What can we learn from current or previous efforts to link evidence-based outcomes to policy or program development (in the housing sector or elsewhere)?
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Addressing our nation’s health, education, and economic concerns depends on a balanced housing policy with sufficient, targeted, efficient resources that ensure access to affordable, safe, and secure housing for all Americans.
Housing, education, health, and other social policies cannot and do not operate in isolation. As recent studies have shown, evidence-based outcomes of affordable housing align with traditional categories of public concern. In my last post, I highlighted the correlation between residing in affordable housing and better health outcomes for elderly and families. Likewise, green, energy efficient, stable housing has been linked to reduced incidence of hospitalization, childhood anemia, and respiratory illness.
Often housing providers offer place-based health care. At NHT’s Hazel Hill Apartments in Fredericksburg, Virginia, nurse Kathy has made a difference in the lives of our residents. As one resident, Bonnie Silver, observed:
“Kathy is a tremendous help to people. When I got here, I had no health care. I didn’t have a doctor. And my husband had had strokes and no medication. If it was not for her, I don’t know what we would have done.”
Not surprisingly, similar correlations have been drawn between stable housing and education. For example, the National Housing Conference has released a number of studies highlighting how stable housing is correlated to:
- Increased school attendance
- Improved academic performance
- Higher graduation rates
At the National Housing Trust, we have witnessed how our properties – funded by the Low-Income Housing Tax Credit and Project-Based Section 8 – have facilitated greater academic achievement among children residing there. At Galen Terrace in Washington, D.C., the after-school tutoring program has increased the number of participating students performing at or above grade level more than six fold. At Hazel Hill we’ve seen similar gains, with the increase in academic achievement reaching eight fold. Also, Hazel Hill’s on-site computer lab has helped a number of adult residents pursue education and job training goals.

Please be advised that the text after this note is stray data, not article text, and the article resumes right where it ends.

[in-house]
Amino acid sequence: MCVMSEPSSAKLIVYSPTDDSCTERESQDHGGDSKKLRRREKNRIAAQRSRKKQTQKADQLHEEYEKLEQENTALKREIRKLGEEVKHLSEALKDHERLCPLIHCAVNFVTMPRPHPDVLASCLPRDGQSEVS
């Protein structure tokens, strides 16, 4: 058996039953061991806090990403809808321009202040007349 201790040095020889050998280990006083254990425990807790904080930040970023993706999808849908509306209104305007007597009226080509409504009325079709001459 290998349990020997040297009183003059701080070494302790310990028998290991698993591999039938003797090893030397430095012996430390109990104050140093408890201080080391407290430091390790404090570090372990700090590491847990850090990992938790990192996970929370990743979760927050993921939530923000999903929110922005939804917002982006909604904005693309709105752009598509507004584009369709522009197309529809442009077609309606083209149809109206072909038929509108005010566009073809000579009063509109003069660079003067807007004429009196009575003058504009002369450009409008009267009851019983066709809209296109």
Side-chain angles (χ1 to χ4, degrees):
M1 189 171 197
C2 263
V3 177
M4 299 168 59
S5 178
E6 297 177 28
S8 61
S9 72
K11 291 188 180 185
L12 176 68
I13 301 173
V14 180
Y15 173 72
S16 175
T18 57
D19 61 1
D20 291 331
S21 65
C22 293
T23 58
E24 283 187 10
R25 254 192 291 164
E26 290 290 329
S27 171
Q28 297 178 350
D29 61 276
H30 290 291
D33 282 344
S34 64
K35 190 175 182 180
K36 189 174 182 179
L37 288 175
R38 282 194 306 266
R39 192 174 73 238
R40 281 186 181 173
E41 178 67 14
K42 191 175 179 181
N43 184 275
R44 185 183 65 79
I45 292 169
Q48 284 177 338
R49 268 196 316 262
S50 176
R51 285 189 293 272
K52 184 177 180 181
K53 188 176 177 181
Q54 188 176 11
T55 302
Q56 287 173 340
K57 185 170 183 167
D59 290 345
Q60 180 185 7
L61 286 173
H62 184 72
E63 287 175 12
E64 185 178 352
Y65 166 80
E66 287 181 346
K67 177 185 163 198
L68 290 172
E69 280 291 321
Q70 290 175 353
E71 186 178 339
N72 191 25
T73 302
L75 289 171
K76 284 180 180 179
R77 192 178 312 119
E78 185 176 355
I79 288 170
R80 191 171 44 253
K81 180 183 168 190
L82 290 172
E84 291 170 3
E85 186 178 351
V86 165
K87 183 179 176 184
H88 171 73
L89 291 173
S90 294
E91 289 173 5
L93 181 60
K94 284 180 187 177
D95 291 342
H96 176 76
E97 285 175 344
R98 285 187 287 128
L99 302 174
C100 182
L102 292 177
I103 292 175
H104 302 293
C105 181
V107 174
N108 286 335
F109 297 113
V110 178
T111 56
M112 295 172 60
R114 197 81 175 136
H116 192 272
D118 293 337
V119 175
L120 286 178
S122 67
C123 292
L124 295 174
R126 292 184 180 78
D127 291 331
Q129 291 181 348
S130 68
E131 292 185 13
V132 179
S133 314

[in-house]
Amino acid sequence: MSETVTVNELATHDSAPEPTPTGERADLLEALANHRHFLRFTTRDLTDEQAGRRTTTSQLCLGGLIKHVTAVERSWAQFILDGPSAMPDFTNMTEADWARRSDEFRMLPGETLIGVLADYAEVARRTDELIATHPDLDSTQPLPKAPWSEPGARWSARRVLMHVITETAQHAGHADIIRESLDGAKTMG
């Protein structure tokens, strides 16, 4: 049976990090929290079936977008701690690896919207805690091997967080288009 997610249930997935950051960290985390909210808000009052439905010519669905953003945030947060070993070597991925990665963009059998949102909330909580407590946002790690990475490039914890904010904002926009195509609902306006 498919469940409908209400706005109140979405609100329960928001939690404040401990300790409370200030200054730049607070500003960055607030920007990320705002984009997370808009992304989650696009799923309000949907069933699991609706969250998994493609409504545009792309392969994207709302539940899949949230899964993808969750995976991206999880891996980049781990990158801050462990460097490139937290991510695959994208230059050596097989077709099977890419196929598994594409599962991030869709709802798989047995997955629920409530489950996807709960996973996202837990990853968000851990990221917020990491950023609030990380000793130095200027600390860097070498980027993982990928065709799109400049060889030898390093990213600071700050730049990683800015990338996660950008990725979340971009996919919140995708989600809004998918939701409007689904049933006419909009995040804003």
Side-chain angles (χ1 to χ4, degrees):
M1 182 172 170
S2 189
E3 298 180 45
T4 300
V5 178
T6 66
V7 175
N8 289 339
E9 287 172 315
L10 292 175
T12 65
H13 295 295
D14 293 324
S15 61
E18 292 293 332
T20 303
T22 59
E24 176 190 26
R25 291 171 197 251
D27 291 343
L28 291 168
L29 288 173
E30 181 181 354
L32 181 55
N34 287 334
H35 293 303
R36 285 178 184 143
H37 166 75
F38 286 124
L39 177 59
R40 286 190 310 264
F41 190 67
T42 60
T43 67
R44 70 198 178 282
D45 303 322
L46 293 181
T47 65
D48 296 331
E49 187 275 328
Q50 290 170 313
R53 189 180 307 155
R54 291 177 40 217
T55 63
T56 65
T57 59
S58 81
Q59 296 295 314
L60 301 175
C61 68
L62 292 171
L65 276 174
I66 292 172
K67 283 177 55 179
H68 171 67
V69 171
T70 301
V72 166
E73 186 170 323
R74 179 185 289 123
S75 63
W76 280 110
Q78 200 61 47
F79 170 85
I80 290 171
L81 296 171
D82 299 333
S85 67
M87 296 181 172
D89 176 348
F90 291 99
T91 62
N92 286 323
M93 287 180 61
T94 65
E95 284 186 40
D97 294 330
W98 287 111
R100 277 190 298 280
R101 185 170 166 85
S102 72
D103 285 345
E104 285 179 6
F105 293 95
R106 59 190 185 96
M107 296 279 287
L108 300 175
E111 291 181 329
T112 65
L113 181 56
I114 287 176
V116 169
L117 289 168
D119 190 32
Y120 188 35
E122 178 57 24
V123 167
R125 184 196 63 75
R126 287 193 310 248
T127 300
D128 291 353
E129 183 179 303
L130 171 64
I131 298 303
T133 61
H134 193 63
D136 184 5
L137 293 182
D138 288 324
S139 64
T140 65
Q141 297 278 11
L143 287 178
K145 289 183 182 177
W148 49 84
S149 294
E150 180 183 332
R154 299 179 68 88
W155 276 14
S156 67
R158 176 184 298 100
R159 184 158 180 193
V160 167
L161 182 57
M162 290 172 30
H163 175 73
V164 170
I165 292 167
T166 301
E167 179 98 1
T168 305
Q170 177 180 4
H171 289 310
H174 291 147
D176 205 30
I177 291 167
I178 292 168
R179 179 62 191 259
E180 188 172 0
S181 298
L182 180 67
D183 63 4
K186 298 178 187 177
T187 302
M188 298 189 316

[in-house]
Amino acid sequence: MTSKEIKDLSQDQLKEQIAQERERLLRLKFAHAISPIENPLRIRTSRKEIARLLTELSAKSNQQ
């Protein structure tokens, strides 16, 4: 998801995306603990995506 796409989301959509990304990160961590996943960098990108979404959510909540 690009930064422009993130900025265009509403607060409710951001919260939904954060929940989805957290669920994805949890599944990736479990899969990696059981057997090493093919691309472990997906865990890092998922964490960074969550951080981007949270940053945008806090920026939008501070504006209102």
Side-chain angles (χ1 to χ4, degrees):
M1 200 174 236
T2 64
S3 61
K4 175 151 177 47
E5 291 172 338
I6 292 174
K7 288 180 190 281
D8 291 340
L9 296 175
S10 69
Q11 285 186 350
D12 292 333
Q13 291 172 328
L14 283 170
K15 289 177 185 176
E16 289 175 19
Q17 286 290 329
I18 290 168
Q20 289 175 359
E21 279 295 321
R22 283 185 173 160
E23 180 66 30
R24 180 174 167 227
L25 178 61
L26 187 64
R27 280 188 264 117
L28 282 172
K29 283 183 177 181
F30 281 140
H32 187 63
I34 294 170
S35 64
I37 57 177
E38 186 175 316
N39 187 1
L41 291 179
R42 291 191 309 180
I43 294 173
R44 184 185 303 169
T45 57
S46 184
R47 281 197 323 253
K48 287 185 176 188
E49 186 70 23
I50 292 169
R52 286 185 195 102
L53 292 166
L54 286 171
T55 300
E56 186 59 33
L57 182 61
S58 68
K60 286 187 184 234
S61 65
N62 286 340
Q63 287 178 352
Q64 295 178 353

How can these observations be applied to the development of future housing policies and programs? One could devise future programs that reward housing providers who demonstrate how specifically funded housing and resident service solutions help solve our nation’s education, health care and other social goals. By way of example, the Trust provides Earned Income Housing Tax Credit (EITC) services for residents at our properties. While we knew that the average refund per family was over $1,000 and assumed that this led to better outcomes for our residents, we had no clue that the EITC may well be sharply reducing taxpayer expenditures for children’s’ health care.
According to a recent study by the Carsey Institute, in the 14 states that have adopted a state based earned income tax credit, there have been considerable changes in family health insurance coverage over the time period before and after adoption of the state EITC. The proportion of children covered by private health insurance increased by 8 percent, while participation in taxpayer funded public health insurance programs like Medicaid and State Children’s Health Insurance Programs (SCHIPs) fell by approximately 14%. See here. If there is a strong correlation between the receipt of EITC and the ability of a resident to pay for private health insurance for his/her family, housing policies could be adopted that steer resources to housing developers who prepare the EITC forms for their residents.
Collecting evidence to document evidence-based policy outcomes is a critical first step. Policymakers should develop holistic housing programs that target desirable outcomes such as increase academic performance for children, promote financial stability, better health and reduction of overall taxpayer expenditures. If housing providers demonstrate how stable housing is working to achieve some of these national policy goals, they should be rewarded.
Michael Bodaken is President of the National Housing Trust.
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